New Visitors Privacy Policy Sponsorship Contact Us Media
Baby Boomers Family Green Home and Auto In Critical Condition Just Starting Out Lifestyle Money
- advertisement -
Bankrate.com
News & Advice Compare Rates Calculators
Rate Alerts  |  Glossary  |  Help
Mortgage Home
Equity
Auto CDs &
Investments
Retirement Checking &
Savings
Credit
Cards
Debt
Management
College
Finance
Taxes Personal
Finance

Columns: Tax Talk
George Saenz, CPA   Expert: George Saenz, CPA
Tax Talk
You have leeway since the rental property wasn't your main home
Tax Talk

Tapping an IRA to pay closing costs
 

Dear Tax Talk,
I own a home that's been rented for two years and seven months. I've only rented during that time as well. I am now purchasing a second home that will be my primary residence. Can I take any money from my IRA to help pay closing costs without incurring the 10 percent penalty? 
-- Chad

- advertisement -

Dear Chad,
The tax rules allow you to withdraw up to $10,000 from an IRA to purchase a first home and avoid the 10 percent penalty that usually applies to withdrawals when you are younger than 59½ years of age. You still have to pay income taxes on the distribution.

To qualify for treatment as a first-time home buyer distribution, the distribution must meet all the following requirements.

Distribution requirements
1. It must be used to pay qualified acquisition costs before the close of the 120th day after the day you received it.
2. It must be used to pay qualified acquisition costs for the main home of a first-time home buyer who is any of the following.
 
a. Yourself.
b. Your spouse.
c. Your or your spouse's child.
d. Your or your spouse's grandchild.
e. Your or your spouse's parent or other ancestor.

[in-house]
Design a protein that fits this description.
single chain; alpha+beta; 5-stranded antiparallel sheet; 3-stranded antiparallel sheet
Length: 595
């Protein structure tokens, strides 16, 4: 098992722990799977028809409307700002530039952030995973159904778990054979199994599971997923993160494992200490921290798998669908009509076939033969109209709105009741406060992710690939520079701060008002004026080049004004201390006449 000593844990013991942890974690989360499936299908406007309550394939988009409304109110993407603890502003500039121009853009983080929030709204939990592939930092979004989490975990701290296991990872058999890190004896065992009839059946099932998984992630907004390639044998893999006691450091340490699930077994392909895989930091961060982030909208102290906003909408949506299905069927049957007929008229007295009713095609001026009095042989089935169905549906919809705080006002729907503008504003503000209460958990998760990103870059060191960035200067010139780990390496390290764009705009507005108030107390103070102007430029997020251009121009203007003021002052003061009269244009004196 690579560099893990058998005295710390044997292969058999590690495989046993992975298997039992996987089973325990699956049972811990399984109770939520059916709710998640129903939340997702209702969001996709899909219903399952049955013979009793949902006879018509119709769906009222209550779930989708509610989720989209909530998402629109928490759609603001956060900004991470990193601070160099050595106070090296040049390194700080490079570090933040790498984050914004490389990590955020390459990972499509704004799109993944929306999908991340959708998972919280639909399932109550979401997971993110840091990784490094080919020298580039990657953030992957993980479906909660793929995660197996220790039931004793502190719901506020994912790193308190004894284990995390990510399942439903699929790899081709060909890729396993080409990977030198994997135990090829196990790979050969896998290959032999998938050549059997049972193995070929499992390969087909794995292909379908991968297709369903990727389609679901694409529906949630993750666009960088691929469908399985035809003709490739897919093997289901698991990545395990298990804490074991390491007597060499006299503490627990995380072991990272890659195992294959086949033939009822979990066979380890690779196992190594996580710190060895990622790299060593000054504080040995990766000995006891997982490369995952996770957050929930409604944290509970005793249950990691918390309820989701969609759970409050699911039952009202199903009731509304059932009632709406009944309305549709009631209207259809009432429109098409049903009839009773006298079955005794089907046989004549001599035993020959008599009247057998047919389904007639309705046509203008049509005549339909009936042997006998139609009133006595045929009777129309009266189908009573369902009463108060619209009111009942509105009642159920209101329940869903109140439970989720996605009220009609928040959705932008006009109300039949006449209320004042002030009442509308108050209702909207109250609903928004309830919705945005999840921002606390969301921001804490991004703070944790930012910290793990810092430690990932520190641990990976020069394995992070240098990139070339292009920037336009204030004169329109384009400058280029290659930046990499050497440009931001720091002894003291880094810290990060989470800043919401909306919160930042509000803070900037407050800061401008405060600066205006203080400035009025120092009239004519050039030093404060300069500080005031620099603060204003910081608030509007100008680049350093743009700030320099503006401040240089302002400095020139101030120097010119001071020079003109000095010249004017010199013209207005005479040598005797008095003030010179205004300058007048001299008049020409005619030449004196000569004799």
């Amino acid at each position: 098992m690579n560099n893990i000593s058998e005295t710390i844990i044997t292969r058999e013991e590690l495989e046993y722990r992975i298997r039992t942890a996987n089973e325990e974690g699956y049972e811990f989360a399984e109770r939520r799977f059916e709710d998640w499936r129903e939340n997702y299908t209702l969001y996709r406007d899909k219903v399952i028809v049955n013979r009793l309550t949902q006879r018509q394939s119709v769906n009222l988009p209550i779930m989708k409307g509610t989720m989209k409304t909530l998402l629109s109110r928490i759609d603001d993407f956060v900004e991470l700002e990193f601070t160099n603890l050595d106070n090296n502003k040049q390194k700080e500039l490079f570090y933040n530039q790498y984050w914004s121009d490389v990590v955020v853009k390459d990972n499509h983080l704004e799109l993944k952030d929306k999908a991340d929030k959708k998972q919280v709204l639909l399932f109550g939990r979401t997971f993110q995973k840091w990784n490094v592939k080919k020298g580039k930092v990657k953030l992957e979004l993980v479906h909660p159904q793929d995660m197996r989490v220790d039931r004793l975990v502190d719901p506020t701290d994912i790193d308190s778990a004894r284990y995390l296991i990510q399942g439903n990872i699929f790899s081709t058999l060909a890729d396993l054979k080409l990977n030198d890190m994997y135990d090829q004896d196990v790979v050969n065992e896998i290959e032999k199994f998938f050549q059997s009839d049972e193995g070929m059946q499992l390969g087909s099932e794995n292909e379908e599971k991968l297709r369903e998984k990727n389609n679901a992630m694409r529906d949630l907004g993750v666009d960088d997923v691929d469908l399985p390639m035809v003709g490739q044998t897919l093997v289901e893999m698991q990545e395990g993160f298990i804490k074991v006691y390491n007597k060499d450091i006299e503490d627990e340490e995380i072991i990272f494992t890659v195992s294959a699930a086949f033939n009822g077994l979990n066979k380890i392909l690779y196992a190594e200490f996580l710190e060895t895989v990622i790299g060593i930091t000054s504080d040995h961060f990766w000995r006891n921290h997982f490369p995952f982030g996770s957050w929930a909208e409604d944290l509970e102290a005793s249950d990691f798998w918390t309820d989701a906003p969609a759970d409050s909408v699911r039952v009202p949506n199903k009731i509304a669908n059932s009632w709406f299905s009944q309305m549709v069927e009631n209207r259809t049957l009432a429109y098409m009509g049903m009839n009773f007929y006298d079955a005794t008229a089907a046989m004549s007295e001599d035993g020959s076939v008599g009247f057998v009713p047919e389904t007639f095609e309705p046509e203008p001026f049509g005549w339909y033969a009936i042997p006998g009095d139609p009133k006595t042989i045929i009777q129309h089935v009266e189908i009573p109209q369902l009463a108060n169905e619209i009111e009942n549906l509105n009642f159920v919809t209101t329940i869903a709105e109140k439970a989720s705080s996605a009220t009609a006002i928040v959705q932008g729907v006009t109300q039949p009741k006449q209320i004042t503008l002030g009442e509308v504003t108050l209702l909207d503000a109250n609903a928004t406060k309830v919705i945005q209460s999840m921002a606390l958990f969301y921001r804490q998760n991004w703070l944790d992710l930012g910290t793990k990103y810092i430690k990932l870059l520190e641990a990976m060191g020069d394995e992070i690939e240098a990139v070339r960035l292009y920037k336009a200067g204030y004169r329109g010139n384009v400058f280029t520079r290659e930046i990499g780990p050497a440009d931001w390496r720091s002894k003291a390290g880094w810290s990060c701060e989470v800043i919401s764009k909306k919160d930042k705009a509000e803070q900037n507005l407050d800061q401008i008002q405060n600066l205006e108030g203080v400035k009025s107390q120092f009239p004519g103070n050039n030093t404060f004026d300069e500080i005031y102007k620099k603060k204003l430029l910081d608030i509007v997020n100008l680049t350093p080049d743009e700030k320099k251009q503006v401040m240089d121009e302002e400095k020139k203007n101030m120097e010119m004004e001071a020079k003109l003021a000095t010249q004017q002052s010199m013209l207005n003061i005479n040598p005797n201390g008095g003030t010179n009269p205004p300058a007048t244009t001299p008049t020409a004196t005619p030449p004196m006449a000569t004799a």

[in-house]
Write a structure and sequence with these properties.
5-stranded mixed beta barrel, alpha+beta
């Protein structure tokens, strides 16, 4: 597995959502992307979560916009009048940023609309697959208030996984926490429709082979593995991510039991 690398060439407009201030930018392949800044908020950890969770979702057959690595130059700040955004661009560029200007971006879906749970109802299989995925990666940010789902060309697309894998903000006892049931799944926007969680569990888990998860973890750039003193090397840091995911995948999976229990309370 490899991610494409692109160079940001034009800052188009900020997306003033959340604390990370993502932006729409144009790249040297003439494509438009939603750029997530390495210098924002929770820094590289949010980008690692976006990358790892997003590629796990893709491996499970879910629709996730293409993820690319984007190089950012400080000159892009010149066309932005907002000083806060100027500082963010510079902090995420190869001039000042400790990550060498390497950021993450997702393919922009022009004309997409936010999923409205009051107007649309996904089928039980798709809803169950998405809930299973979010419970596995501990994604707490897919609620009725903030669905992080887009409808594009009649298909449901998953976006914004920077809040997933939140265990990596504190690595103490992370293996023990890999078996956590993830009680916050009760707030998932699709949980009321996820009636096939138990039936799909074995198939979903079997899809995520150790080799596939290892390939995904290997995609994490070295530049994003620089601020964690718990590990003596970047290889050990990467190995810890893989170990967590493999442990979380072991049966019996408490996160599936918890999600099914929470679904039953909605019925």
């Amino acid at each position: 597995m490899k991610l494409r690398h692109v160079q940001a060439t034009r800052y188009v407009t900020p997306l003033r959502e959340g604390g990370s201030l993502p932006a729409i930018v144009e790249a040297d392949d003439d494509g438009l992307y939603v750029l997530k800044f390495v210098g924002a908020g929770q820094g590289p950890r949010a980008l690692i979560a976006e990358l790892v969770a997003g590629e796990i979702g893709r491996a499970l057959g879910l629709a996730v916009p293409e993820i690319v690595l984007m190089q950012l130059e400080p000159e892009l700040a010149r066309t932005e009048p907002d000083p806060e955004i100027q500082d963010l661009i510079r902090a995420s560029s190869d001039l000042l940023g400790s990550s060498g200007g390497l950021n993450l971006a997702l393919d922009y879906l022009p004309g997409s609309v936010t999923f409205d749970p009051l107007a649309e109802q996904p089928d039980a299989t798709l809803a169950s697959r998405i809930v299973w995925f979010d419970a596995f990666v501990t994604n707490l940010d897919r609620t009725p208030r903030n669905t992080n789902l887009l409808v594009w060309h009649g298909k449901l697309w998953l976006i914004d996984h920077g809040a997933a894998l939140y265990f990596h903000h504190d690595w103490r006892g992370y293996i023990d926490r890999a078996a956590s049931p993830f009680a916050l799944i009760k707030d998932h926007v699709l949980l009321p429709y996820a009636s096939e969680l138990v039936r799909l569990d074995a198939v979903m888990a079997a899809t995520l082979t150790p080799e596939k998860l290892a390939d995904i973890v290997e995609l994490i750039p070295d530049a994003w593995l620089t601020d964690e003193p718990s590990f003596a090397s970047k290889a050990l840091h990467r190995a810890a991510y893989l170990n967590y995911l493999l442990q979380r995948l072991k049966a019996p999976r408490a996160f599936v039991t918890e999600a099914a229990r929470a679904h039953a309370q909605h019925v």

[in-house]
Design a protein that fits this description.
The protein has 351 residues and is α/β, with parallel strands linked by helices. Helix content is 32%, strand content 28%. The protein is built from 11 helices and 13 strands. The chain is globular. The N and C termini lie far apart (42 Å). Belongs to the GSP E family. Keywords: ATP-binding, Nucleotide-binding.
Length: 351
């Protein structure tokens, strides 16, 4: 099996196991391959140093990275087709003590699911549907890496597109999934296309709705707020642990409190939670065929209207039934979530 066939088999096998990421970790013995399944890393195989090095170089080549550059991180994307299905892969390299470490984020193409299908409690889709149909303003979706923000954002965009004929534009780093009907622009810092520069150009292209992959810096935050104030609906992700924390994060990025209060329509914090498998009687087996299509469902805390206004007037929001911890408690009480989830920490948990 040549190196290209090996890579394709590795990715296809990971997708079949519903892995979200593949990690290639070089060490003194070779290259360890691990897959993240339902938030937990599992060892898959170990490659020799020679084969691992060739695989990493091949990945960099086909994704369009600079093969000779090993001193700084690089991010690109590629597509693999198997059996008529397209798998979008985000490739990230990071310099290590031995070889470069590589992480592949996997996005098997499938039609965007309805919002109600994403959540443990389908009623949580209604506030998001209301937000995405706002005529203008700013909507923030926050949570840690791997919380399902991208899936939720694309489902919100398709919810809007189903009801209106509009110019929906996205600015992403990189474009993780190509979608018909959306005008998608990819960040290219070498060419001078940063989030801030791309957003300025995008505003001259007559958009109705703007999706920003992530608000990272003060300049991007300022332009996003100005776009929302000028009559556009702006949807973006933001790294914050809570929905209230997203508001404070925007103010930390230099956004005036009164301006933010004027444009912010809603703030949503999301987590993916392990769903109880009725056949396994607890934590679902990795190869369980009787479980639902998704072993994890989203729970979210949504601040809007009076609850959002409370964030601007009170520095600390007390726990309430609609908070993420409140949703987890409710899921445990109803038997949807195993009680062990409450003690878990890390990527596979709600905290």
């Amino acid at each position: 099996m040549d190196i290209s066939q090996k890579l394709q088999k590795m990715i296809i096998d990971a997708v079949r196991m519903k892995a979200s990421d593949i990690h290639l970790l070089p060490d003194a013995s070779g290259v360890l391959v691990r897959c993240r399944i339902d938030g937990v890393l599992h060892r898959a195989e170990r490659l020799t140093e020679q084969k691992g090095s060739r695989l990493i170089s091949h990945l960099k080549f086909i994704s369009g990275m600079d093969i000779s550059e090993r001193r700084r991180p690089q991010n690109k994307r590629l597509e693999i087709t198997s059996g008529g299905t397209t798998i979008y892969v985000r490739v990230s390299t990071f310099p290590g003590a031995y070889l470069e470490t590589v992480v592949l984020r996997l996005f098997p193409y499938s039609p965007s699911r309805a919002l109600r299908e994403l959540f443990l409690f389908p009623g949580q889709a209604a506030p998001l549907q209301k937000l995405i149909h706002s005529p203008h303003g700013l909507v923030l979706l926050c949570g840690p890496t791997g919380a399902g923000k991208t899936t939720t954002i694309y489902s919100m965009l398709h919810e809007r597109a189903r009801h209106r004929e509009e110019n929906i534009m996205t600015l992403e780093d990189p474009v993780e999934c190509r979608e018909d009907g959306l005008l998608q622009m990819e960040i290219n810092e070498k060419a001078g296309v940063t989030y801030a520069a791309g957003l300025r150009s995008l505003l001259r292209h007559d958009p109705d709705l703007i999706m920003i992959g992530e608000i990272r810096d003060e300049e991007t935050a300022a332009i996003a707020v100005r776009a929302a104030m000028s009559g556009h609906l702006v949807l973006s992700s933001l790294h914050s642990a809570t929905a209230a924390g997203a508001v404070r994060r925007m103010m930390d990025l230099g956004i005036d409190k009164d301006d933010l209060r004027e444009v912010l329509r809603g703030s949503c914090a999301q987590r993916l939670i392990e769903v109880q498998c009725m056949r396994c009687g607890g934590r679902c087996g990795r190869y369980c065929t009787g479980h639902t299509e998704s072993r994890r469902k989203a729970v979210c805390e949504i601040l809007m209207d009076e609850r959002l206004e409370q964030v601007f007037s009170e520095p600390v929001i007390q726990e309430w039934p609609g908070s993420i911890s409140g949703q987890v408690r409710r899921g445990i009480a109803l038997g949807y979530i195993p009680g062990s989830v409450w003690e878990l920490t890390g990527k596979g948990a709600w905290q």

3. When added to all your prior qualified first-time home buyer distributions, if any, total qualifying distributions cannot be more than $10,000. If you're married and both are first-time home buyers, each spouse can withdraw $10,000 penalty free.

Qualified acquisition costs include the following items:

  • Costs of buying, building or rebuilding a home.
  • Any usual or reasonable settlement, financing or other closing costs.

Generally, you are a first-time home buyer if you had no present interest in a main home during the two-year period ending on the date of acquisition of the home that the distribution is being used to buy, build or rebuild. If you are married, your spouse must also meet this no-ownership requirement.

Since the rental property has not been your main home for the time that you have owned it, you can withdraw the funds penalty-free to buy the second property that will be your main home.

Bankrate.com's corrections policy -- Posted: June 28, 2007
Read more Tax Talk columns
Ask a question

Compare Rates
NATIONAL OVERNIGHT AVERAGES
30 yr fixed mtg 4.45%
48 month new car loan 3.77%
1 yr CD 0.89%
Rates may include points
Mortgage calculator
See your FICO Score Range -- Free
How much money can you save in your 401(k) plan?
Which is better -- a rebate or special dealer financing?
VIEW MORE CALCULATORS
FINANCIAL LITERACY
Rev up your portfolio
with these tips and tricks.
- advertisement -
- advertisement -

About Bankrate | Privacy Policy/Your California Privacy Rights | Online Media Kit | Partnerships | Investor Relations | Press Room | Contact Us | Sitemap
NYSE: RATE | RSS Feeds |

* Mortgage rate may include points. See rate tables for details. Click here.
* To see the definition of overnight averages click here.

Bankrate.com ®, Copyright © 2014 Bankrate, Inc., All Rights Reserved, Terms of Use.